Turnaround - FAQ's

The company has cash flow problems, can I safely trade out by cutting staff and overheads?
It is important that whatever steps you take does not result in the position deteriorating for your creditors. You need to prepare a plan for trading out which starts with up to date accounts and balance sheet and then incorporates forecasts to cover your trading out period. This plan needs to be discussed with the company's senior people and then embraced.

During the course of the recovery stage, constantly review the process, minute your meetings and compile information as to your actions. In the future if the plan does not work this helps defend your actions.

If it is apparent that you cannot get creditors to agree to withhold action and also that your cash flow falls short of meeting the company's ongoing liabilities, you need to seek advice from a licensed insolvency practitioner.

There are rescue procedures which will prevent creditor action and also provide debt forgiveness which may relieve the pressure on your company's cashflow.

The company needs to downsize its workforce but cannot afford the redundancy costs.

It is possible to get assistance from The Department of Trade and Industry (Redundancy Payments Office “RPO”) to contribute towards these costs. The company will have to demonstrate that it lacks the funds to settle these costs and that the assistance will in turn help to save a significant number of jobs. The RPO will require that the monies advanced to your company’s employees are repaid by the company or perhaps even an associated company and the timing of the repayments will depend on the company’s financial position. For more information click here.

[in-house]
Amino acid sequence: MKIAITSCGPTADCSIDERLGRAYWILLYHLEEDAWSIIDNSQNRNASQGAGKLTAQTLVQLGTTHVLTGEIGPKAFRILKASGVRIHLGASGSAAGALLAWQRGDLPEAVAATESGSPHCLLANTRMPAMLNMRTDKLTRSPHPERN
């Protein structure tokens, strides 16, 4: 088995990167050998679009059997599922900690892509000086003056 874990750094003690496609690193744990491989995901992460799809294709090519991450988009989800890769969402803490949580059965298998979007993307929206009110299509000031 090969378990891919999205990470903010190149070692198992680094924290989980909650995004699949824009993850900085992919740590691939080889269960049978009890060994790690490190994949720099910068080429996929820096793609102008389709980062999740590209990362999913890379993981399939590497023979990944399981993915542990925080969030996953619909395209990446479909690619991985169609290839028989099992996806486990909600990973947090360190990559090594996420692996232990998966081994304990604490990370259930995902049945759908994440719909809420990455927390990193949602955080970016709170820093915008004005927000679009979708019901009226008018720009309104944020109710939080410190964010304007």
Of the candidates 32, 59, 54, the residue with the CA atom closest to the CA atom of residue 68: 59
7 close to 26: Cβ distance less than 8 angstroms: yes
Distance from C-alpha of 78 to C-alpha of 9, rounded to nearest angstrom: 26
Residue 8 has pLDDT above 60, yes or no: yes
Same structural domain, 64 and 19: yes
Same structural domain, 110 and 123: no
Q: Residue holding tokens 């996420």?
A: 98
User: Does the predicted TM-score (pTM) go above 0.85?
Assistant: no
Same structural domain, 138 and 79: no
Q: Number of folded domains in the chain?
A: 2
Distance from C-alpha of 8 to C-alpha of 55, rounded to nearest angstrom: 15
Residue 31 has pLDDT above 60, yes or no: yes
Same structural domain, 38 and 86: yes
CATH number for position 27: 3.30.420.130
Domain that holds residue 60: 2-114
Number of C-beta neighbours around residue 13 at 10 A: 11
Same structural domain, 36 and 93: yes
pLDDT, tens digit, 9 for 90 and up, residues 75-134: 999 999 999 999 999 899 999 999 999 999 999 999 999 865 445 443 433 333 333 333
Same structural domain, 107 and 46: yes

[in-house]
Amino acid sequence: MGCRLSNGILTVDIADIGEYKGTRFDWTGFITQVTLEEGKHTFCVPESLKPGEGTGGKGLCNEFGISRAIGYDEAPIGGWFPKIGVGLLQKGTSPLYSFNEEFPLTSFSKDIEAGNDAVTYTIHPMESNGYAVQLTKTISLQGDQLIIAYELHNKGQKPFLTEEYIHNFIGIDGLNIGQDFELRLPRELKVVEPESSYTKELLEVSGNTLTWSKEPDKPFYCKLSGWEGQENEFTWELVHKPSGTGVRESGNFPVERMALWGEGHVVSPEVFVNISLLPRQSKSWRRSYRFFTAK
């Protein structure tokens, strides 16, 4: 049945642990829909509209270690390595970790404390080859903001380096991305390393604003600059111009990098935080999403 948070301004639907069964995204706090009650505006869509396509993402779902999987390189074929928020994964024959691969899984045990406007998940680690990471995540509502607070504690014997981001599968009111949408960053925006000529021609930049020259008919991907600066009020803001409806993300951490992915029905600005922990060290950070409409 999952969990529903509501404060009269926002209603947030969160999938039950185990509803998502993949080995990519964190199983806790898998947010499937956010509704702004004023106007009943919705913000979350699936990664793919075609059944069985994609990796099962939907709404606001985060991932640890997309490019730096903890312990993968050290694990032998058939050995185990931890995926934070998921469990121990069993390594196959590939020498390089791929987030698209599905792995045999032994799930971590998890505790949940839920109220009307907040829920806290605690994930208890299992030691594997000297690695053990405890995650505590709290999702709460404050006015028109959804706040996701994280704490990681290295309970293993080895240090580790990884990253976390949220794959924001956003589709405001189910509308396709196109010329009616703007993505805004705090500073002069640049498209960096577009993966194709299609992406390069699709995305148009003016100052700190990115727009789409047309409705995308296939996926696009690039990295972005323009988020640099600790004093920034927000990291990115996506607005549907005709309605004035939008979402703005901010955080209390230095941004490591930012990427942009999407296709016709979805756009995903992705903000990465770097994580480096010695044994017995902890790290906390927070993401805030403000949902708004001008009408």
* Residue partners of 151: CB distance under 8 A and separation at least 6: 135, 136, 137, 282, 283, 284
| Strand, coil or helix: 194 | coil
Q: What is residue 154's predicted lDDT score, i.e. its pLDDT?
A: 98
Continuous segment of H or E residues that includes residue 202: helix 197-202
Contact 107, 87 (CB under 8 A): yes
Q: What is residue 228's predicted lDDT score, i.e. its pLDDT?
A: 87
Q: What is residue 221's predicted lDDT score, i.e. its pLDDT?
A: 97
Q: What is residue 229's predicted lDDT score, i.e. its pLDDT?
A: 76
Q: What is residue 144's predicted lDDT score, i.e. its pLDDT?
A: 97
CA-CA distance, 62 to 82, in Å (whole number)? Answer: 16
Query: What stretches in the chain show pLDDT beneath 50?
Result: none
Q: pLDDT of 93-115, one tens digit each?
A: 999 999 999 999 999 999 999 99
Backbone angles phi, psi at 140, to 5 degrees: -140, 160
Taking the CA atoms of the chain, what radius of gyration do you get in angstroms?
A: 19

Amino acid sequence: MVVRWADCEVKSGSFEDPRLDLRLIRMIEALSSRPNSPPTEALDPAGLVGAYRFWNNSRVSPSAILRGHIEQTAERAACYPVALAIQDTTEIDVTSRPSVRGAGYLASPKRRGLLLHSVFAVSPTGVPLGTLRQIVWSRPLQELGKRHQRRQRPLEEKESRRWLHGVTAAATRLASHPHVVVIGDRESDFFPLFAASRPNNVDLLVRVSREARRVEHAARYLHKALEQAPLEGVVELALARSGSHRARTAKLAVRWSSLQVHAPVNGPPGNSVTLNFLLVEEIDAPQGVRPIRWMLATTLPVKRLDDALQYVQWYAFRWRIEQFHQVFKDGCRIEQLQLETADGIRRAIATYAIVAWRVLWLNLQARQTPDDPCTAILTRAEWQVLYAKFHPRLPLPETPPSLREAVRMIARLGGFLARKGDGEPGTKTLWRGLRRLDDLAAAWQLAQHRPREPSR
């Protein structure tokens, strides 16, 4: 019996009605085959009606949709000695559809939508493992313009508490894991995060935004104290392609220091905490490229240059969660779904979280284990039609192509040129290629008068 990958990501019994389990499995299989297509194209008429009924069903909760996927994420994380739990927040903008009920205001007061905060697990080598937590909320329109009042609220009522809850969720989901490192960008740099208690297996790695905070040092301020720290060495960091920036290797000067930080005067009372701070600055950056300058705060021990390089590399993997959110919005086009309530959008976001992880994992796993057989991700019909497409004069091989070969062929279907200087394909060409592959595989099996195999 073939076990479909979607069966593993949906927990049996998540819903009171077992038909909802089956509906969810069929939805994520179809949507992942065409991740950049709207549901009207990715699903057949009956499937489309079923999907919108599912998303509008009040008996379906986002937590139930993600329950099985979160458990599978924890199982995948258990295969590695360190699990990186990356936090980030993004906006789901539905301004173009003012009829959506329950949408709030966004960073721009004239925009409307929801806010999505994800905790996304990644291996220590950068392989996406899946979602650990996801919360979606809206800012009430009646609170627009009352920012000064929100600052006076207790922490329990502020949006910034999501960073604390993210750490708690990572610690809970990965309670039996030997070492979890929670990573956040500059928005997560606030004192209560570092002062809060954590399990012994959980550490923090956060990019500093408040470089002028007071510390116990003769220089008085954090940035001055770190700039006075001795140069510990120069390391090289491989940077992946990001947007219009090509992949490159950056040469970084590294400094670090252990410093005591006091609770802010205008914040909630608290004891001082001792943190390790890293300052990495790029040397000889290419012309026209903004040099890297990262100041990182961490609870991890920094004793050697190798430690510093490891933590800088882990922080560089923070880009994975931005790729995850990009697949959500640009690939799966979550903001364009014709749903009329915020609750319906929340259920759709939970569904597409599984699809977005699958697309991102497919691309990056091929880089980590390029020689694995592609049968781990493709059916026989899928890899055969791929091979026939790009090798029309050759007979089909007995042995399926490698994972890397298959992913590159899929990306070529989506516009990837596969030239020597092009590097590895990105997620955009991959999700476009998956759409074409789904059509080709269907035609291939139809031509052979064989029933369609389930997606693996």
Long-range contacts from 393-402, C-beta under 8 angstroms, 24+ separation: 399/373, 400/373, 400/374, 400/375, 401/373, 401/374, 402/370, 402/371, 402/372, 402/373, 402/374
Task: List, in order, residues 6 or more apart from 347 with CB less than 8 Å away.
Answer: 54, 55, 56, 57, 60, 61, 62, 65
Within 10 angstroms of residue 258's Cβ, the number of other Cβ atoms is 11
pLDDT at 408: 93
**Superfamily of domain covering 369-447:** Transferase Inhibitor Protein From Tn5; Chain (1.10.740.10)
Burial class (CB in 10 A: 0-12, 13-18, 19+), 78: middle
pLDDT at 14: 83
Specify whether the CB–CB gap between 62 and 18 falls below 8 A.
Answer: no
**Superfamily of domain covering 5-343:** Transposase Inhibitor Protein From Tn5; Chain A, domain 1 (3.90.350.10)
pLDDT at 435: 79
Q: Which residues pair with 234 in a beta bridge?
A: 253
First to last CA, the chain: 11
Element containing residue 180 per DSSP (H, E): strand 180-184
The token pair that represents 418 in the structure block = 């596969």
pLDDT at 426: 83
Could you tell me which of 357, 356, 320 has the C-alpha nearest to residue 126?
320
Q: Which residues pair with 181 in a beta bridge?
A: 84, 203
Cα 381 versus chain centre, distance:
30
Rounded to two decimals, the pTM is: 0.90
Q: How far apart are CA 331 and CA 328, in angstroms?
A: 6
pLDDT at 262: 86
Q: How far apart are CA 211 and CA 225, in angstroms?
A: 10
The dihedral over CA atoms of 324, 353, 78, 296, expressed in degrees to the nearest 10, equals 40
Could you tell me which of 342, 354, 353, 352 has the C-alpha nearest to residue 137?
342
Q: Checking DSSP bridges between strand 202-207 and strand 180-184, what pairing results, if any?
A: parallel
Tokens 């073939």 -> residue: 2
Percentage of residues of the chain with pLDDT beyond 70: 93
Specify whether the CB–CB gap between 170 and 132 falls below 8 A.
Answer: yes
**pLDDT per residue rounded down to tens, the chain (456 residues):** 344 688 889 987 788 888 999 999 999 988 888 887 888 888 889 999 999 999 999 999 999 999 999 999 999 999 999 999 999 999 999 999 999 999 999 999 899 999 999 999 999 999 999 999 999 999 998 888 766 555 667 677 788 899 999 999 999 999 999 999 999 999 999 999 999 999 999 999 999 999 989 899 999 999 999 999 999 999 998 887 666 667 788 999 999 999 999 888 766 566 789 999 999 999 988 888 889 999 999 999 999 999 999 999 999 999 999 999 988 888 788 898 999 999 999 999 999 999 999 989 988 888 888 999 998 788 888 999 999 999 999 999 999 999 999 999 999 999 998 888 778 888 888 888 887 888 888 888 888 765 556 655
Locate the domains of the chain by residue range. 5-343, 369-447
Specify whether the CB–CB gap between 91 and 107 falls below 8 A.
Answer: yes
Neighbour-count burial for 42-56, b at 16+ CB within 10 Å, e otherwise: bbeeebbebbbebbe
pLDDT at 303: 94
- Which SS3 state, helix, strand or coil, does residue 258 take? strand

Will the Revenue agree a payment plan?
It is possible to reach an agreement with HM Revenue and Customs “HMRC” which could allow the company to repay arrears over a period. HMRC operate a time to pay scheme and depending on the company's circumstances, this could allow the arrears to be cleared over a relatively short time period. The factors that the HMRC will consider is the company's history of making payments, has the company failed to keep to payment arrangements in the past, or all the returns up to date and what your proposals are for keeping up to date with your current commitments.

Also through your local business link, HMRC operate a Company Rescue Scheme which again could allow the arrears to be cleared over a period.

In our experience it is rare that HMRC will allow any more than 6 months to clear the arrears. It is important to note that the debts of HMRC are now unsecured and would rank equally with other claims if the company entered into a CVA (link). For example, the company may be able to propose that the debts of unsecured creditors are paid over a five year period and that a proportion of the debt is written off.

Dealing with a creditor who will not agree to a payment deal.